Anyone who had an eye on weather in Southwest Florida had also at some point had an eye on television meteorologist Jim Reif, who over the course of more than 30 years in South Florida gained a reputation as an expert on hurricane formations and an advocate for storm preparedness.
Sadly, it was reported by his employer, the NBC affiliate in Fort Myers, that the weatherman was killed in bicycle accident on a recent Sunday afternoon. Officials are still investigating the sequence of events that led to the crash, but it appears the 61-year-old ran into a sign before falling to the ground and suffering a traumatic brain injury. He was not wearing a helmet.
It’s unclear at this point whether a car caused him to swerve or if he simply lost his balance. Whatever the reason, the incident is a tragic reminder that cyclists must ride defensively at all times, particularly here in Florida, which has one of the highest rates of bicycle accidents and fatalities in the country.
Most of these crashes are the result of motor vehicle drivers who are either careless or intoxicated. However, there are sometimes situations in which road design and poor urban planning can result in hazards to riders. In some cases, these might be compensable if the municipality recognized or should have recognized a foreseeable risk of harm, and yet did nothing to mitigate it.
In general, bicyclists and pedestrians are among the most vulnerable road users because they lack protection in the event of a crash. The number of emergency room visits and hospitalizations relating to bicycle crashes reveals that the magnitude of the problem extends beyond what is often reflected in police reports.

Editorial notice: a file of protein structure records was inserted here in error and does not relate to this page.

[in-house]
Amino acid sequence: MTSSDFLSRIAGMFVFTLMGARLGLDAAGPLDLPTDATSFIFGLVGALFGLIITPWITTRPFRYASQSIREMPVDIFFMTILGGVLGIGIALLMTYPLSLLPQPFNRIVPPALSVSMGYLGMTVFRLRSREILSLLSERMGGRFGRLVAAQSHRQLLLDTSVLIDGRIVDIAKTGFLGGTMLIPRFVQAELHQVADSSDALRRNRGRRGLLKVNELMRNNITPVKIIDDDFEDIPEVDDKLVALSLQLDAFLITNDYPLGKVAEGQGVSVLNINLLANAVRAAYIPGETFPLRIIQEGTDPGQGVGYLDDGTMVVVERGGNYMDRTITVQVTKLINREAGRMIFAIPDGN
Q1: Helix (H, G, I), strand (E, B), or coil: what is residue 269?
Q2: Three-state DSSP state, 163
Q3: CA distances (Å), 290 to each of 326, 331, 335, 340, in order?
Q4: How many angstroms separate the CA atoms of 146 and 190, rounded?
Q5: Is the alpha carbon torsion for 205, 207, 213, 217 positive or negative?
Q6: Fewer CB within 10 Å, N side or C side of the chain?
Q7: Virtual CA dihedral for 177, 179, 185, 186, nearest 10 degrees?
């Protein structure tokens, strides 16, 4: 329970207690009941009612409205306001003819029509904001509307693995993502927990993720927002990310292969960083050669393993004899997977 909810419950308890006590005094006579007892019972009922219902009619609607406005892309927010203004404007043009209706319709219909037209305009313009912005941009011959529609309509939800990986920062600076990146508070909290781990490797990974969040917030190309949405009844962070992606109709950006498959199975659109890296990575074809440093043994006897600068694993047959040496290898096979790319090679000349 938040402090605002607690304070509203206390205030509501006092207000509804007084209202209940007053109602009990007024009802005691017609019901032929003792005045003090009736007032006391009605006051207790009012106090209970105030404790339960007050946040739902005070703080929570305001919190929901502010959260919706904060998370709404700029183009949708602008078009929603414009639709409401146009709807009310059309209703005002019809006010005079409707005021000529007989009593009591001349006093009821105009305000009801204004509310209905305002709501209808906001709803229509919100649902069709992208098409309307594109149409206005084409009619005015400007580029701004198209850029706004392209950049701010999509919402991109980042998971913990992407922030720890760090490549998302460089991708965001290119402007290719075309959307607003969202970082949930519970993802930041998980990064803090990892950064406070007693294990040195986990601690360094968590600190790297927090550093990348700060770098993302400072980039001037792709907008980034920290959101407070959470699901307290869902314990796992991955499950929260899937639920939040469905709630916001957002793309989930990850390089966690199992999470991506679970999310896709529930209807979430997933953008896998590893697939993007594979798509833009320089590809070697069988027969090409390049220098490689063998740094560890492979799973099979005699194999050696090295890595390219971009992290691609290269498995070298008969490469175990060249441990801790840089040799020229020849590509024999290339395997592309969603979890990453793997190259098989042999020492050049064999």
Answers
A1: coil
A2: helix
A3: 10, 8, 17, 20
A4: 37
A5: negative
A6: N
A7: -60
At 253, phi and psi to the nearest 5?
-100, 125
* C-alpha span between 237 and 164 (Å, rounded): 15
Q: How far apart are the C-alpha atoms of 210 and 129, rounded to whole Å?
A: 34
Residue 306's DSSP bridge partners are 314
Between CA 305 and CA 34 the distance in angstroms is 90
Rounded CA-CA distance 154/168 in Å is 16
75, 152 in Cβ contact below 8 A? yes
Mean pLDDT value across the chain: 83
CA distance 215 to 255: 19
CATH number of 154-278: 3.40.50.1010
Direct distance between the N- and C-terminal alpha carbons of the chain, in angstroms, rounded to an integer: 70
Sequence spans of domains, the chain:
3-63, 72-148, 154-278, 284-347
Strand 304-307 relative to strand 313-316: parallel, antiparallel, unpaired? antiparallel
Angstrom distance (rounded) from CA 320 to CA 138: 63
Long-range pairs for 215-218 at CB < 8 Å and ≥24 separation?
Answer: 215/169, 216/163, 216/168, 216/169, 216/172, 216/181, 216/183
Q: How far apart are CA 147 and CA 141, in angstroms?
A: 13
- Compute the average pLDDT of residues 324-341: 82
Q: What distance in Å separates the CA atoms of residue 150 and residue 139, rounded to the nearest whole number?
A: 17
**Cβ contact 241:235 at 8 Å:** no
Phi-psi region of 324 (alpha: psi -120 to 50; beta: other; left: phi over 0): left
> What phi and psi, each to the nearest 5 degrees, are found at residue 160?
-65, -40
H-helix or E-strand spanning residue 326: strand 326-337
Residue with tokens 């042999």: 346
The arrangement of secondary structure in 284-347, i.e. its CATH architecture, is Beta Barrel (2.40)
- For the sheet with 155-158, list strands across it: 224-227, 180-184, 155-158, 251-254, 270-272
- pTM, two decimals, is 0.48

The Florida Department of Transportation last year released the “Florida Pedestrian and Bicycle Strategic Safety Plan,” which details a comprehensive framework for reducing bicycle and pedestrian fatalities and serious injuries throughout the state. The report underscored the fact that these have both become critical problems requiring greater attention from both the public and community leaders.
Just in 2011, the National Highway Traffic Safety Administration reported 125 bicycle fatalities in Florida. That’s almost triple the national average. Although Florida is home to about six percent of the U.S. population, 17.4 percent of all bicycle fatalities happen here.
Among those counties with the highest number of bicycle deaths:
–Miami –Broward –Orange –Hillsborough –Palm Beach –Pinellas –Duval –Volusia –Polk –Lee (where Reif was killed)
The vast majority of those killed and injured are males between the ages of 35 and 64, although the age of bicycle accident victims has begun to skew older in recent years due to the number of aging riders who have been drawn to the activity as a means to get and stay fit.
Regardless of reason or age, all riders can benefit from these bicycle safety tips:
–Ride in a straight line and obey all traffic signs and signals. The more predictable you can be, the less your chances of being struck by a motor vehicle.
–Watch out for car doors. Brace yourself always for the possibility that one could open in your path. If possible, leave about three feet between yourself and the vehicle.
–Maintain visibility. That means bright-colored clothing during the day, and reflective gear at night.
–Don’t wear earphones. While it might help you get in the riding zone, when you’re on a public street, you need to be able to maintain full awareness of your surroundings.
–Wear a helmet.
Call Fort Lauderdale Injury Attorney Richard Ansara at (954) 761-4011. Serving Broward, Miami-Dade and Palm Beach counties.
NBC2’s Jim Reif dies after tragic bicycle accident, April 9, 2014, NBC-2
More Blog Entries:
Florida Cyclist, Pedestrian Problem Reflected Throughout the South, March 21, 2014, Fort Lauderdale Bicycle Accident Lawyer Blog